Check here each week for titles at the top of the New York Times’ best seller lists. Titles held by the library are listed in bold print.
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New York Times Best Sellers: Fiction
HOUSE OF SPIES, by Daniel Silva. Gabriel Allon, the Israeli art restorer and spy, now the head of Israel’s secret intelligence service, pursues an ISIS mastermind.
CAMINO ISLAND, by John Grisham. A search for stolen rare manuscripts leads to a Florida island.
MURDER GAMES, by James Patterson and Howard Roughan. An expert on serial murder becomes involved in the hunt for a New York City killer.
INTO THE WATER, by Paula Hawkins. In this psychological thriller by the author of “The Girl on the Train,” women are found drowned in a river in an English town.
USE OF FORCE, by Brad Thor. The counterterrorism operative Scot Harvath is called in when a missing terrorism suspect drowns off the Italian coast.
THE IDENTICALS, by Elin Hilderbrand. Complications in the lives of identical twins who were raised by their divorced parents, one on Nantucket, one on Martha’s Vineyard.
THE DUCHESS, by Danielle Steele.A 19th-century British duke’s daughter, disinherited by her half brothers, flees to Paris to make a new life.
A GENTLEMAN IN MOSCOW, by Amor Towles. A Russian count undergoes 30 years of house arrest.
SEVEN STONES TO STAND OR FALL, by Diana Gabaldon. A collection of Outlander short fiction.
TWO NIGHTS, by Kathy Reichs. Sunday Night, the heroine of a new series from the creator of Temperance Brennan, searches for a girl who may have been kidnapped by a cult.
THE SILENT CORNER, by Dean Koontz. An F.B.I. agent investigates an alarming surge in suicides, including her husband’s. The first in a new series.
SECRETS OF THE TULIP SISTERS, by Susan Mallery. Sisters reconnect when one returns to their tulip-centered hometown.
TOM CLANCY: POINT OF CONTACT, by Mike Maden. Jack Ryan Jr. helps thwart a global financial crisis. (Tom Clancy died in 2013.)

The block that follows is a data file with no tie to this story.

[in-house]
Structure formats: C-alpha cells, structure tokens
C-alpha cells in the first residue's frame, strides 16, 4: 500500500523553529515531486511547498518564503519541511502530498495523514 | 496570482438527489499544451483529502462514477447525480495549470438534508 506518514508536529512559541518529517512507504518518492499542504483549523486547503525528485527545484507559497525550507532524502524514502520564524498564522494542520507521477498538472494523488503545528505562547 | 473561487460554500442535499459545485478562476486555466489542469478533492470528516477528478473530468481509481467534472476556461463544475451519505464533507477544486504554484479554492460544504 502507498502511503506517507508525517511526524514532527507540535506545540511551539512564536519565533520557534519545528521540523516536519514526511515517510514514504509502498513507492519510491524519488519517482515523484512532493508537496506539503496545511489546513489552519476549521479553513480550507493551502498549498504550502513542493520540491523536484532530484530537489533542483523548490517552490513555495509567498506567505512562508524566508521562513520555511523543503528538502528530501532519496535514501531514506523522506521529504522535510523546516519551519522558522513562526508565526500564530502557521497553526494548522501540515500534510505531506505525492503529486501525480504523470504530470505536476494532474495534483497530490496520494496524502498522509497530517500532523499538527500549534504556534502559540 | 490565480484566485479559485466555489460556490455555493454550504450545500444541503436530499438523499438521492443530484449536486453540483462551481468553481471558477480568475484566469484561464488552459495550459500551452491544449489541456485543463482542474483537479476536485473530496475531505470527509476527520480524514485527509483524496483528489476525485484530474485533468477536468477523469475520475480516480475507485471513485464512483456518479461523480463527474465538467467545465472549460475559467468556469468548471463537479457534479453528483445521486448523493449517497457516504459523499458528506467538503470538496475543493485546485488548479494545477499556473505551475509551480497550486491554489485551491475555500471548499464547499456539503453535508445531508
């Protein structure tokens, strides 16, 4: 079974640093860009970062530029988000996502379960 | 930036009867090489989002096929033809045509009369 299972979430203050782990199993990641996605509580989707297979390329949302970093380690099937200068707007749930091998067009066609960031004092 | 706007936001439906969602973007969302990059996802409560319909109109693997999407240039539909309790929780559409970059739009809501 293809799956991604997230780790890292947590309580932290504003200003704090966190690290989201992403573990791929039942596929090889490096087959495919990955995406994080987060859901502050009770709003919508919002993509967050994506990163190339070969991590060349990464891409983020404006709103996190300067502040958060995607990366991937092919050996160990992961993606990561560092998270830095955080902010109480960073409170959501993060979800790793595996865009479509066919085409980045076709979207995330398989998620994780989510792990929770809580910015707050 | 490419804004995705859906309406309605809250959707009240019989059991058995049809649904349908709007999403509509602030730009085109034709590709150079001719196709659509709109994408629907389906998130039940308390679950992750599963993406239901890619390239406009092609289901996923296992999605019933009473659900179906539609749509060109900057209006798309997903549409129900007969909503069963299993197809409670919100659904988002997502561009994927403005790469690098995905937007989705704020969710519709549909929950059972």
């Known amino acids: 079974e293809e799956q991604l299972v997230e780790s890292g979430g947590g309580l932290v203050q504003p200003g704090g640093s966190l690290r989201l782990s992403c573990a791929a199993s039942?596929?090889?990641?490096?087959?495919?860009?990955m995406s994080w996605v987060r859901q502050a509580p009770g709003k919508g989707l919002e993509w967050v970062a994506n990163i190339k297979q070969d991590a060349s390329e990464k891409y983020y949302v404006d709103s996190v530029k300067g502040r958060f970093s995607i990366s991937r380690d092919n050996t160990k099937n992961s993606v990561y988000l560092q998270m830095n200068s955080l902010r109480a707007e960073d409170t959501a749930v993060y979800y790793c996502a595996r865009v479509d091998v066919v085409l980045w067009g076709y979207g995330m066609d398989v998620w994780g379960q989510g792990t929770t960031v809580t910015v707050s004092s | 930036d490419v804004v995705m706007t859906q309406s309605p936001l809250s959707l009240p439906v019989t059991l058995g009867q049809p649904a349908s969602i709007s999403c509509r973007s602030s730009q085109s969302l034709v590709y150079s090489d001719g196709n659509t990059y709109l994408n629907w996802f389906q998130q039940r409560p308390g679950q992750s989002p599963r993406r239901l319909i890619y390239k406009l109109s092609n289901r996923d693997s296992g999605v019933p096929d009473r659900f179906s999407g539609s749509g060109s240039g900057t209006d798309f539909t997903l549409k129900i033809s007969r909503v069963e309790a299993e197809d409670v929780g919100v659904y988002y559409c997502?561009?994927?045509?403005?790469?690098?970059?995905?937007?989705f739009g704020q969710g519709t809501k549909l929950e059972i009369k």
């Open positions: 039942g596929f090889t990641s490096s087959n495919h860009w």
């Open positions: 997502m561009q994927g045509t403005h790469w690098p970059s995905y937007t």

DOWN A DARK ROAD, by Linda Castillo. Kate Burkholder, an Amish-born (but excommunicated) chief of police, believes that an old friend accused of his wife’s murder may be innocent.
KISS CARLO, by Adriana Trigiani. Extended Italian-American families work, feud and fall in love in the Philadelphia area in 1949.
New York Times Best Sellers: Nonfiction
ASTROPHYSICS FOR PEOPLE IN A HURRY, by Neil deGrasse Tyson. A straightforward, easy-to-understand introduction to the universe and the forces and laws that govern it.
REDISCOVERING AMERICANISM, by Mark R. Levin. The radio host argues that the founding fathers would be shocked by the expansion of modern government.
HILLBILLY ELEGY, by J.D. Vance. A Yale Law School graduate looks at the struggles of America’s white working class through his own childhood in the Rust Belt.
AL FRANKEN, GIANT OF THE SENATE, by Al Franken. A memoir by the Democratic senator from Minnesota and former “Saturday Night Live” writer and performer.
DANGEROUS, by Milo Yiannopolous. The alt-right provocateur criticizes political correctness.
THE SWAMP, by Eric Bolling. The Fox News host suggests how Donald Trump can fight corruption and cronyism in Washington.
UNDERSTANDING TRUMP, by Newt Gingrich. The former House speaker explains the president’s philosophy and political agenda.
OPTION B, by Sheryl Sandberg and Adam Grant. Sandberg’s experience after her husband’s sudden death and Grant’s psychological research combine to provide insight on facing adversity and building resilience.
HAMILTON: THE REVOLUTION, by Lin Manuel Miranda and Jeremy McCarter. The libretto of the award-winning musical, with backstage photos, a production history and interviews with the cast.
I CAN’T MAKE THIS UP, by Kevin Hart with Neil Strauss. The comedian’s personal and professional life.
HUNGER, by Roxane Gay. The fiction writer and essayist’s memoir about life as a “woman of size.”
KILLERS OF THE FLOWER MOON, by David Grann. The story of a murder spree in 1920s Oklahoma that targeted Osage Indians, whose lands contained oil. The fledgling F.B.I. intervened, ineffectively.
HUE 1968, by Mark Bowden. An account of the battle that changed the American approach to Vietnam.
THEFT BY FINDING, by David Sedaris. Excerpts from the writer’s diaries, 1977-2002.